Twelve of the planes were operating at the time of the shutdown, said Eric Bennett. He said the company is keeping its hangars in Haines and Juneau to provide shop space for the planes to be restored to service. (The Bennetts pay the state $2,800 per year to lease hangar sites in Haines. There’s no storage fee for the parked planes here, as the State of Alaska doesn’t charge tie-down fees at its small, rural airports.)

Juneau-based Doug Solberg, a 40-year-commercial pilot for commuter airlines in Alaska, also works as an airplane appraiser.

Solberg said planes lose value every day they sit, unused. Their ignition systems and magnetos deteriorate with time. Internally, the engines rust. L.A.B.’s planes are probably worth one-third to one-half of the value of comparable, operating planes advertised on aircraft websites, he said.

“You have to remember, those planes were not in good health. To add to it, they haven’t been used for two or three years, so they’re deteriorating every day… The market’s down, but with the condition they’re in, it’s really down,” Solberg said. “I’m surprised they didn’t try to move more of them after the big shutdown.”

Solberg said one approach would be to get a “ferrying” permit from the FAA to fly the planes to the southern United States – where aviation labor is inexpensive and hangars don’t need to be heated – and rebuild them there for resale.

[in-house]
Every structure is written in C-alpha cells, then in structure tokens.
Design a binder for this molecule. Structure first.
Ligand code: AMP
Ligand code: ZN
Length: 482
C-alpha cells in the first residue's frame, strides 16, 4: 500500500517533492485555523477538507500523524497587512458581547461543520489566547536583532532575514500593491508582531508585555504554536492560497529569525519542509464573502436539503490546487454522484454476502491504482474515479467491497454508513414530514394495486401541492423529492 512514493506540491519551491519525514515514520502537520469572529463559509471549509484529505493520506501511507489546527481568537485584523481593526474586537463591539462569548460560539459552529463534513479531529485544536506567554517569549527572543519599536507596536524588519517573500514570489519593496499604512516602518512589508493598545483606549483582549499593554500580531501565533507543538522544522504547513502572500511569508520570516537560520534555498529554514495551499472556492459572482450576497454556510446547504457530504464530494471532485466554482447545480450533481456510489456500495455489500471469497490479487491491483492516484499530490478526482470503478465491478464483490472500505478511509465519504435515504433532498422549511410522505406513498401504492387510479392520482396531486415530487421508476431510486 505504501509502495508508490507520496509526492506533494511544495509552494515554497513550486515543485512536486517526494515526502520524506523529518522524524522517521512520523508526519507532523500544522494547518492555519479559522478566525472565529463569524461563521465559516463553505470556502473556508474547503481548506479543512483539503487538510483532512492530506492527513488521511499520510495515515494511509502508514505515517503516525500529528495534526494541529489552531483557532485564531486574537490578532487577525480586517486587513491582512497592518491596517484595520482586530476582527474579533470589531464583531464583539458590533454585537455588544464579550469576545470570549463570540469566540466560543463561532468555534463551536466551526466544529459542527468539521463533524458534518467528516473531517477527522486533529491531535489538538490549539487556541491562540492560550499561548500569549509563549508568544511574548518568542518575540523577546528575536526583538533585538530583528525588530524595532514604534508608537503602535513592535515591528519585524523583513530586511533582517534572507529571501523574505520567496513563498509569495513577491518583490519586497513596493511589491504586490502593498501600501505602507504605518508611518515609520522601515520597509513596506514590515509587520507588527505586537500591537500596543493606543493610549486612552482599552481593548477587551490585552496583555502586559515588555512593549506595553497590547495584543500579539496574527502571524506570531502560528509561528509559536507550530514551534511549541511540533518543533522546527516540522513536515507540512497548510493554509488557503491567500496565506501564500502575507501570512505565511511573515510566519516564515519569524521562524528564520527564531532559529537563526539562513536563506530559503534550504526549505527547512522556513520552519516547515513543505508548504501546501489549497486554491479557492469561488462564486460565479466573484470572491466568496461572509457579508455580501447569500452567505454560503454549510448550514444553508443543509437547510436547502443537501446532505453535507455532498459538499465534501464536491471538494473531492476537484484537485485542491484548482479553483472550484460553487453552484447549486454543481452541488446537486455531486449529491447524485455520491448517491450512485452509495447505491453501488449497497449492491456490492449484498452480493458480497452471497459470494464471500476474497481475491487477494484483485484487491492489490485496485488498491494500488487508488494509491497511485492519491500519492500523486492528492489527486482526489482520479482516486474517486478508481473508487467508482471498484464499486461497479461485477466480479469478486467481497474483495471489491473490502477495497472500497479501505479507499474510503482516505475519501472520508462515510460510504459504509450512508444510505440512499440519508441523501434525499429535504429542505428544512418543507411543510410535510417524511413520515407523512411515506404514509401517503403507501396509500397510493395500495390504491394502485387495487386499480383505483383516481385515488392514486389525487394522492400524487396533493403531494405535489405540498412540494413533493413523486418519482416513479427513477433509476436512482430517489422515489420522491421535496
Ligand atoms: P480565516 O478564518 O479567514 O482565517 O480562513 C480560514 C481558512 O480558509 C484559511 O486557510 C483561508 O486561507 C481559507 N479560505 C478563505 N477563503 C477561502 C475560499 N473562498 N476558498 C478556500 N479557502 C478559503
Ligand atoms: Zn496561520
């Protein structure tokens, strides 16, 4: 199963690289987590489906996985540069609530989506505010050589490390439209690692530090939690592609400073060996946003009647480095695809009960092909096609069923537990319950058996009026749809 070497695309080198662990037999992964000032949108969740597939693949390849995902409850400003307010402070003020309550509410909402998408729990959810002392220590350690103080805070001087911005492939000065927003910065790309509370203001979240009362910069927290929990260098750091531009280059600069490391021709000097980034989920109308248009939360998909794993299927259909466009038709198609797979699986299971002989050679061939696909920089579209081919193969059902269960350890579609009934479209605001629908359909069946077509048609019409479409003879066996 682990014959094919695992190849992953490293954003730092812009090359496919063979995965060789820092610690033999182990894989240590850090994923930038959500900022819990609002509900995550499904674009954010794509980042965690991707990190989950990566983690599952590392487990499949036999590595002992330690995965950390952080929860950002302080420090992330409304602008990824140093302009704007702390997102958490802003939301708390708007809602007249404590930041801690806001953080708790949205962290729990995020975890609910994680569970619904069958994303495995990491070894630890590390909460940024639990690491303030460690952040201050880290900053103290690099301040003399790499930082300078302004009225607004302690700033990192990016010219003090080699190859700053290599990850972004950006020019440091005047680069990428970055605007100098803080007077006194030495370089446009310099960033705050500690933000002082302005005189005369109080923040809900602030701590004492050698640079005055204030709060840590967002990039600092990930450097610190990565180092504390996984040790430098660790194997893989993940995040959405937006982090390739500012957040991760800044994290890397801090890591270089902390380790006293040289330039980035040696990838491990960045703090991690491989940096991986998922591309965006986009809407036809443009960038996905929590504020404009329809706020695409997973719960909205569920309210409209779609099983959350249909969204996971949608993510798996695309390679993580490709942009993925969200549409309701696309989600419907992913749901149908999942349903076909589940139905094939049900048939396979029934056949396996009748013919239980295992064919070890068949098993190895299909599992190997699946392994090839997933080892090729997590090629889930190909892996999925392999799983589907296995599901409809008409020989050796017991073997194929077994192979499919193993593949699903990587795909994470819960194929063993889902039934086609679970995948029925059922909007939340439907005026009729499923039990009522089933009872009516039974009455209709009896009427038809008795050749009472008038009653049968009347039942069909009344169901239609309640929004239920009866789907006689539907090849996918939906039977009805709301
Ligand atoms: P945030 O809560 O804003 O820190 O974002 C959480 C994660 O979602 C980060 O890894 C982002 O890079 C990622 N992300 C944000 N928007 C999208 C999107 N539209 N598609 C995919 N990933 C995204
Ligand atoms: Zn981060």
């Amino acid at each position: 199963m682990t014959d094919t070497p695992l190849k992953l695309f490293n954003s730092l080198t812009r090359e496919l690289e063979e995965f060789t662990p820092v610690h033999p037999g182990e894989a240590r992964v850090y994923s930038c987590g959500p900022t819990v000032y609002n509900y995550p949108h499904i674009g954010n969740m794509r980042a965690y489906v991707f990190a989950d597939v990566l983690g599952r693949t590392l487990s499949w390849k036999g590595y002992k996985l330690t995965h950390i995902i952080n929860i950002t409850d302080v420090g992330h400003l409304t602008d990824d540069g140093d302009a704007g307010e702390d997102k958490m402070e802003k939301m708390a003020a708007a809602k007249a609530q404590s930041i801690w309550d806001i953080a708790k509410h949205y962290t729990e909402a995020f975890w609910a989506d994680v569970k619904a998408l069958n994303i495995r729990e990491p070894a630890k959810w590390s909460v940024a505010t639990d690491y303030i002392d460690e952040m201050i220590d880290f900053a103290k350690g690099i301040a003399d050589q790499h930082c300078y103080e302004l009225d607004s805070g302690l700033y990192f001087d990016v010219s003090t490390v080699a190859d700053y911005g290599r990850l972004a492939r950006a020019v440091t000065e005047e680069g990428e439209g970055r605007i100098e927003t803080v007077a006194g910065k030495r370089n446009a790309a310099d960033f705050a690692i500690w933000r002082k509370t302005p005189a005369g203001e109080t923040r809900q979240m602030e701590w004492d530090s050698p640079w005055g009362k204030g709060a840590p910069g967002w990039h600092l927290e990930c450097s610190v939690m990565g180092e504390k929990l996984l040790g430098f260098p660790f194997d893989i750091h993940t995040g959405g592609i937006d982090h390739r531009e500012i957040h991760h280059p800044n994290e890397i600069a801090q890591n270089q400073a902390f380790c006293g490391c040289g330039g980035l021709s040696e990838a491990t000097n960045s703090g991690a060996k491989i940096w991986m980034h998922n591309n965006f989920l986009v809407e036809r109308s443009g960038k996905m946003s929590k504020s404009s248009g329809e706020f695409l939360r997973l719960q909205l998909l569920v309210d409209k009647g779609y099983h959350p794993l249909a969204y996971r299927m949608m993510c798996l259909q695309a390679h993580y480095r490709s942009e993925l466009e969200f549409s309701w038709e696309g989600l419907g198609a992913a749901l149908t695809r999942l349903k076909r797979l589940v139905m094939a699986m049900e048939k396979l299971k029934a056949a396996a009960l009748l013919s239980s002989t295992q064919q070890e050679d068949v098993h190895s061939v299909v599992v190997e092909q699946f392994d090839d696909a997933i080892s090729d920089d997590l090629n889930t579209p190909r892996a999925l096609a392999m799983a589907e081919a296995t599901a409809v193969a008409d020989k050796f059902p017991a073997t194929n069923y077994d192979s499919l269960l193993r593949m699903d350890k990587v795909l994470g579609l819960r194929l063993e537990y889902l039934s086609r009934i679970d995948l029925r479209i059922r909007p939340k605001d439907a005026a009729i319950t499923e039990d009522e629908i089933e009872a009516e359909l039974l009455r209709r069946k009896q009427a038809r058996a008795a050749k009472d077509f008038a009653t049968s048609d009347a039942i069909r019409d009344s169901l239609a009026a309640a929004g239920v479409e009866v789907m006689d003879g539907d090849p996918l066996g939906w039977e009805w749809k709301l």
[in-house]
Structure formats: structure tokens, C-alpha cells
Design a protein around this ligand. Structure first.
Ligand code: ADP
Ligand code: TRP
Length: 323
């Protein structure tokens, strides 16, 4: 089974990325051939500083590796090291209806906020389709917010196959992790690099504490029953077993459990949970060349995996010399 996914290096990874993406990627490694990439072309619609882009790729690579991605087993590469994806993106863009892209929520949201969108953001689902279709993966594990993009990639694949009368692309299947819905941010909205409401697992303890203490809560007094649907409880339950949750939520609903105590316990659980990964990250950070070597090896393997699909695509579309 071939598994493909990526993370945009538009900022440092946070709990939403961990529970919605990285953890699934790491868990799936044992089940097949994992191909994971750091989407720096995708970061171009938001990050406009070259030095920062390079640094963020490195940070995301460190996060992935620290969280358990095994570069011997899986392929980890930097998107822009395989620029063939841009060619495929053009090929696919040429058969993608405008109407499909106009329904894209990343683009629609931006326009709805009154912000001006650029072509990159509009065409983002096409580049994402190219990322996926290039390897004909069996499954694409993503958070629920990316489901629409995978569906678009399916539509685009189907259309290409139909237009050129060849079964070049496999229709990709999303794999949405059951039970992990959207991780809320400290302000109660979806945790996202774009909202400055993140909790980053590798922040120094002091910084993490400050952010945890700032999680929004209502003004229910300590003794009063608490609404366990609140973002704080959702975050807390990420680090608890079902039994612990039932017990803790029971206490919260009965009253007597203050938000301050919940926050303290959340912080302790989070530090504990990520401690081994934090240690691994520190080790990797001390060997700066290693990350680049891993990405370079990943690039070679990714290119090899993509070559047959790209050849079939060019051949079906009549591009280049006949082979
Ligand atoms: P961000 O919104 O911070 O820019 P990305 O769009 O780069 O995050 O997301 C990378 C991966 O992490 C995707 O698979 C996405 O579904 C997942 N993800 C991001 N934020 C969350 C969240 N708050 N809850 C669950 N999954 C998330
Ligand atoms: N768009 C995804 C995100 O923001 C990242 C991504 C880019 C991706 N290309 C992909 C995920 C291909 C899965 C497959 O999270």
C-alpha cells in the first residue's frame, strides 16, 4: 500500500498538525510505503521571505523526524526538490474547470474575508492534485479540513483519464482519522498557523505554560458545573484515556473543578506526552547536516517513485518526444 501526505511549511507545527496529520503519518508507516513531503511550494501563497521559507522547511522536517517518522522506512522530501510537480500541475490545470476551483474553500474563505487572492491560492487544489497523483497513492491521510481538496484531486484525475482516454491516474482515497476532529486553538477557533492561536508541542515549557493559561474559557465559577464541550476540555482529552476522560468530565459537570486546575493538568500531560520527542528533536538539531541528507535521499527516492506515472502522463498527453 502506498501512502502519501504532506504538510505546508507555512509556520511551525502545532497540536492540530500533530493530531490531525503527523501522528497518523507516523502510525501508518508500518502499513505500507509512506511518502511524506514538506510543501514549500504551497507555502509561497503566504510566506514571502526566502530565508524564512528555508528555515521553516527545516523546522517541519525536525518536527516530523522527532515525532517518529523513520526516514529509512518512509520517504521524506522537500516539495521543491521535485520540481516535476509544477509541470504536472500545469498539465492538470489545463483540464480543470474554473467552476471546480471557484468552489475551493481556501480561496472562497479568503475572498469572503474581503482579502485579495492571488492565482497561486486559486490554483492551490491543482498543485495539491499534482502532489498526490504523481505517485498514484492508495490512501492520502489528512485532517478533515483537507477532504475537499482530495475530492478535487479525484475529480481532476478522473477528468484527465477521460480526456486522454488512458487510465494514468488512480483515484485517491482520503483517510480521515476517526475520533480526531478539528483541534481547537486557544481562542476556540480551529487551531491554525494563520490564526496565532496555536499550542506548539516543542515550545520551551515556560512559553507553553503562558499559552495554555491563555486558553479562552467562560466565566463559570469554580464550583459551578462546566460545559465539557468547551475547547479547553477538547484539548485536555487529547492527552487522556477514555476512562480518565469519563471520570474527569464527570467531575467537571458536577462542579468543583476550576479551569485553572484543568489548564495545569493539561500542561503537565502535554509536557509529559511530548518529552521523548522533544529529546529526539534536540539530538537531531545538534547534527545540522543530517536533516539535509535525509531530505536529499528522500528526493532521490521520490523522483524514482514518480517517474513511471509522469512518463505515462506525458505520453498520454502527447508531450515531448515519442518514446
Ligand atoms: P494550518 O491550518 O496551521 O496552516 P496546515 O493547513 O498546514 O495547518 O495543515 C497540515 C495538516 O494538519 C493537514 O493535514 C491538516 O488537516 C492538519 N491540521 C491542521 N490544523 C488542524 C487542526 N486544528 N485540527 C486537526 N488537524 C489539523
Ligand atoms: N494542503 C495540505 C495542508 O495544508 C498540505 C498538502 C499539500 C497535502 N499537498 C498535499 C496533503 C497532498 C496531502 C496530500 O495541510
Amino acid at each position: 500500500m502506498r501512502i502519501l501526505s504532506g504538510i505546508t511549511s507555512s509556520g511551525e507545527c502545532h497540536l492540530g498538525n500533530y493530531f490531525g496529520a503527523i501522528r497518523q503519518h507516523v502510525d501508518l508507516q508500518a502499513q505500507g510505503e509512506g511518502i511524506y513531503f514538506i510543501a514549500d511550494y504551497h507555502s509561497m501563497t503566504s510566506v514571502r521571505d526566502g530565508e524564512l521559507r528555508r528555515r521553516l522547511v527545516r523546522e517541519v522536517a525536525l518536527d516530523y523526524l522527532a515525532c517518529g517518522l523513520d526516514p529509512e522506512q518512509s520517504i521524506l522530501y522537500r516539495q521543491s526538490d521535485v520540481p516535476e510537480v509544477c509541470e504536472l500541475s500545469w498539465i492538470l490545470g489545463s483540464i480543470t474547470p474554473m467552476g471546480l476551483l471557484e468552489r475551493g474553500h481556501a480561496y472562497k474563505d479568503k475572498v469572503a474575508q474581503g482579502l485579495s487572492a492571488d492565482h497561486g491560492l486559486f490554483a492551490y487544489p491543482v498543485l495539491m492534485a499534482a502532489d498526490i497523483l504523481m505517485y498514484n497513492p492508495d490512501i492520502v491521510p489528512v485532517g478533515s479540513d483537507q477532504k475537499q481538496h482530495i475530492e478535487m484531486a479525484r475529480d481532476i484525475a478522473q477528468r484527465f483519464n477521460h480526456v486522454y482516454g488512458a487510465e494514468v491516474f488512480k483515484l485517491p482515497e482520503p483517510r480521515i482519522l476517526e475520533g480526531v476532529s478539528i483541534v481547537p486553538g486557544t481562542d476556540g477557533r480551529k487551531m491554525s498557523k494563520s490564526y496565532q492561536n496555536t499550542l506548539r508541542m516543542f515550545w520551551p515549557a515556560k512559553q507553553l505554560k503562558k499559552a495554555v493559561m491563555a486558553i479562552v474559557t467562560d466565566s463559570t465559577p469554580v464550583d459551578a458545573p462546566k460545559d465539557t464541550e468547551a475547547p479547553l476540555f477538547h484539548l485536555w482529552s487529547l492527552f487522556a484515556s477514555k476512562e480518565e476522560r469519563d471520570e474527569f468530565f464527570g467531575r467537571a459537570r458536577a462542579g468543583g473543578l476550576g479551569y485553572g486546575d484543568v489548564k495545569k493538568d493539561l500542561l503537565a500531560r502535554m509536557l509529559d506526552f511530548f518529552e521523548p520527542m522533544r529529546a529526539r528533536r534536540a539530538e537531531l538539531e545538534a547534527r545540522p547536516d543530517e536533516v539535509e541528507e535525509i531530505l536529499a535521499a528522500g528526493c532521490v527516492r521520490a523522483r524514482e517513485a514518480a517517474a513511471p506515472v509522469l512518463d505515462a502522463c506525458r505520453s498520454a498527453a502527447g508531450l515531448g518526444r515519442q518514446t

Some of the L.A.B. planes are equipped with Capstone avionics equipment, federally funded, enhanced-GPS systems that were installed in the late 1990s and were worth about $70,000 per plane. But the Capstone gear required regular updates and has since been replaced by less expensive technology. The value of the units today is probably around $10,000 or $20,000 each, Solberg said.

On the upside, the Cherokee 6 is a good plane that is “very viable” for commercial operation, in part because most of the parts can be replaced, Solberg said. In commercial aviation, there are limits placed on hours or months of service for airplane parts. Unlike other makes, there are few “time-life” limits on the Cherokee 6 model, he said. “They still could be lucrative to the right buyer. They’re not dinosaurs, that’s for sure,” he said, and could be comparatively cheaper than buying a comparable plane, a Cessna 206, new for $500,000.

Selling the planes for private use might be difficult though, since they cost about $90 an hour in fuel and oil to fly, due in part to increases in the cost of aviation gas. Another factor is that the recession hurt the commercial charter market. For the cost of chartering a plane and flying into a remote location, people can jet off to warmer climes, he said.

It’s not surprising that Wings of Alaska and Alaska Seaplanes are now using nine-seat Cessna Caravans and Piper Navajos for many flights, Solberg said. “If you’ve got a choice of having your own seat by the window or sitting side by side with another person (in a smaller plane), which are you going to choose? That was just one-upsmanship.”